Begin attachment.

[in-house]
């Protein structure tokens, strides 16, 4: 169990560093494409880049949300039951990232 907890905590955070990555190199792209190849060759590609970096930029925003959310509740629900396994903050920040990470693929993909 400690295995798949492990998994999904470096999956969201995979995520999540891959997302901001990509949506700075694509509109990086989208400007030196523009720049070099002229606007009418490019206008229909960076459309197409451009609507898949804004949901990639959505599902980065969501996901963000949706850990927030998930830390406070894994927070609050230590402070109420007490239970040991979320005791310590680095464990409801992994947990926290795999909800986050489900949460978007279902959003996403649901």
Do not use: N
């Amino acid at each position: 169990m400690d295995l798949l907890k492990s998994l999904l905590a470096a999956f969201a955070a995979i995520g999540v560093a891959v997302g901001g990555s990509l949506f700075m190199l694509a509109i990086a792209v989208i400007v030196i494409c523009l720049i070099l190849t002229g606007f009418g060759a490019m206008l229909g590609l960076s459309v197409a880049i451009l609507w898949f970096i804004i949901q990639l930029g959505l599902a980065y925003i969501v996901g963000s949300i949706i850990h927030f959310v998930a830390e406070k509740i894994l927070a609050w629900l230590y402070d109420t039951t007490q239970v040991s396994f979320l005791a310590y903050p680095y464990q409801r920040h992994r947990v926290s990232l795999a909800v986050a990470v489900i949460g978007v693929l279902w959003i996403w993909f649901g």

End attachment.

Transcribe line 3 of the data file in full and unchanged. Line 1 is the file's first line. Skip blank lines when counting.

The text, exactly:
Do not use: N